Commonly written "Namaste", it is pronounced as "Namastay"
with the first two a's as the first a in "America" and the
ay as in "stay", but with the t pronounced soft with the
area just behind the tip of the tongue pressing against the
upper-front teeth with no air passing (as the t in "tamasha").
- Jai Maharaj
> I have been told it means something like to
> pay homage to the inner light in all living things.
> Can you help me with this???
> [email protected]
I had occasion to post the following in 1993 and 1996:
Subject: Re: Sukhmani says Namaskaar to Brahmins
From: Dr. Jai Maharaj <[email protected]>
Date: Sun, 14 Jan 1996 14:01:55 -1000
In the article <[email protected]>,
of Sat, 13 Jan 1996 07:59:48 -0600,
Rahul Anand Narain <[email protected]> wrote:
>> What is the difference (if any) in saying "Namaste" and
>> "Namaskar"? Are they addressed to or used by different people?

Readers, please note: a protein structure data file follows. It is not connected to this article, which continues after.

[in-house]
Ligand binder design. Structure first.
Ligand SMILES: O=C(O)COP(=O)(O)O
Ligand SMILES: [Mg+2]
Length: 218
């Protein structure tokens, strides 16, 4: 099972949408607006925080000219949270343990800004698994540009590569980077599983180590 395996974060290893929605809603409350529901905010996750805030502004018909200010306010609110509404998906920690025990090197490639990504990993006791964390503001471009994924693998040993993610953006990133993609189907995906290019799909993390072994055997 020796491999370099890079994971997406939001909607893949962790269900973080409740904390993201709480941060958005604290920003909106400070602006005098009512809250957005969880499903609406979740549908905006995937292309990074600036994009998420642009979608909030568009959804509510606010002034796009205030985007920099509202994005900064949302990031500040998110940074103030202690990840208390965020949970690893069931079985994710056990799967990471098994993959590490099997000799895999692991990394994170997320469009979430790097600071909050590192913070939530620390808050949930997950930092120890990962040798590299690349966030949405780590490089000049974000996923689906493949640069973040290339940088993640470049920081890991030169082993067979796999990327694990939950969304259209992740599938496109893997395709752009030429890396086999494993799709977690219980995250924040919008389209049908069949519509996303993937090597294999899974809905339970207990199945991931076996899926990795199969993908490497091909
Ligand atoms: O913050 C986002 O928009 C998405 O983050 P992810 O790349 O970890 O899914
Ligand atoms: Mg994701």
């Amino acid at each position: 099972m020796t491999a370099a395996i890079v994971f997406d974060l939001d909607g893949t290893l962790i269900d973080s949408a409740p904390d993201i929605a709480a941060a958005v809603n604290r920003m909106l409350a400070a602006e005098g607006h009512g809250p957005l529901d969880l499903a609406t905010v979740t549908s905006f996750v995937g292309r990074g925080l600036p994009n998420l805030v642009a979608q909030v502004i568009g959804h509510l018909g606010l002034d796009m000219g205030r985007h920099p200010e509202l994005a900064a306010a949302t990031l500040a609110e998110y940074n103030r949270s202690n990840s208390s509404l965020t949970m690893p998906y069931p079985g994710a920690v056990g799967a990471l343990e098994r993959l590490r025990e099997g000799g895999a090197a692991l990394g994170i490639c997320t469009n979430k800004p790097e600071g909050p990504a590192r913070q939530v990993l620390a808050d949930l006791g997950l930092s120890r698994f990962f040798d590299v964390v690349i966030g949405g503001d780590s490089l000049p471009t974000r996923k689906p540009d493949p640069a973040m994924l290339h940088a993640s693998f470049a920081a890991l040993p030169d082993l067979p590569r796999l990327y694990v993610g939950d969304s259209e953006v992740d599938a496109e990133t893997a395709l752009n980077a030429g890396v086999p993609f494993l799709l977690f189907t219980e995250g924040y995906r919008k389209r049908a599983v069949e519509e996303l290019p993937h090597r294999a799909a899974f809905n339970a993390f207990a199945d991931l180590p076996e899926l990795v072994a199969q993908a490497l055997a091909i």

>> Or are they essentially identical? I've heard people using
>> both, but I haven't noticed any pattern. / Linda Nelson,
>> Chicago Online
> Jai Maharaj had a lovely post regarding this. a couple of years
> ago or so. I had had saved it but am not able to locate it.
> Maybe he can repost the article?
There have been several posts on the subject during the last few
years, but I think the following authorized reproduction from
HINDUISM TODAY is one of the best. For subscription and other
information about Hinduism Today, please connect with the Web site
at this URL:
Hinduism today is a full-color, international monthly which has been
published continuously since January 1979.
Copyright 1993 by Himalayan Academy. ISSN: 0896-0801. All Rights
Reserved. Please see full copyright notice at the end of the
N::N "Shake hands and come out fighting." It's the referee's
A::A final counsel to two pugilists about to beat each other's
M::M brains out with clenched fists. Even outside the ring, a
A::A handshake can be a little off-putting. When one returns